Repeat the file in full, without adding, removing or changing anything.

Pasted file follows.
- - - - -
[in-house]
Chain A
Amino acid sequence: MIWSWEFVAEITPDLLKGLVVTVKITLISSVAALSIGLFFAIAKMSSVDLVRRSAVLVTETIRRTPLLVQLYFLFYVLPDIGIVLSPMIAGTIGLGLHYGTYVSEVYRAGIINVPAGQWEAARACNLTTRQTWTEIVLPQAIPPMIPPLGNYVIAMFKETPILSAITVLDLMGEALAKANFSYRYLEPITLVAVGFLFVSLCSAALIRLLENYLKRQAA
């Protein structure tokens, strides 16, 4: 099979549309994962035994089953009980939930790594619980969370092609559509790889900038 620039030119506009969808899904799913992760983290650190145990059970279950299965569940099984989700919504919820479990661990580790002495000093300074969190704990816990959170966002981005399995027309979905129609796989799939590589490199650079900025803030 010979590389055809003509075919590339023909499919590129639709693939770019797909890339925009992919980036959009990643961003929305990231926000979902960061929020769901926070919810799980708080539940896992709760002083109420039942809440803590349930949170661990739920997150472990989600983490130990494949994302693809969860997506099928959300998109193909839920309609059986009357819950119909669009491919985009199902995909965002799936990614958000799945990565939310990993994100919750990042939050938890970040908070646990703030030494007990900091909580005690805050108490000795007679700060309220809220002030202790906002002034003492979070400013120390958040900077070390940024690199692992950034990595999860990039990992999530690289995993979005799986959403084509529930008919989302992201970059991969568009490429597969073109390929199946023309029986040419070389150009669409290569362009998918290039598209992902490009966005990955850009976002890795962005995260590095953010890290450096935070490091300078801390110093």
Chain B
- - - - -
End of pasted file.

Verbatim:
[in-house]
Chain A
Amino acid sequence: MIWSWEFVAEITPDLLKGLVVTVKITLISSVAALSIGLFFAIAKMSSVDLVRRSAVLVTETIRRTPLLVQLYFLFYVLPDIGIVLSPMIAGTIGLGLHYGTYVSEVYRAGIINVPAGQWEAARACNLTTRQTWTEIVLPQAIPPMIPPLGNYVIAMFKETPILSAITVLDLMGEALAKANFSYRYLEPITLVAVGFLFVSLCSAALIRLLENYLKRQAA
């Protein structure tokens, strides 16, 4: 099979549309994962035994089953009980939930790594619980969370092609559509790889900038 620039030119506009969808899904799913992760983290650190145990059970279950299965569940099984989700919504919820479990661990580790002495000093300074969190704990816990959170966002981005399995027309979905129609796989799939590589490199650079900025803030 010979590389055809003509075919590339023909499919590129639709693939770019797909890339925009992919980036959009990643961003929305990231926000979902960061929020769901926070919810799980708080539940896992709760002083109420039942809440803590349930949170661990739920997150472990989600983490130990494949994302693809969860997506099928959300998109193909839920309609059986009357819950119909669009491919985009199902995909965002799936990614958000799945990565939310990993994100919750990042939050938890970040908070646990703030030494007990900091909580005690805050108490000795007679700060309220809220002030202790906002002034003492979070400013120390958040900077070390940024690199692992950034990595999860990039990992999530690289995993979005799986959403084509529930008919989302992201970059991969568009490429597969073109390929199946023309029986040419070389150009669409290569362009998918290039598209992902490009966005990955850009976002890795962005995260590095953010890290450096935070490091300078801390110093």
Chain B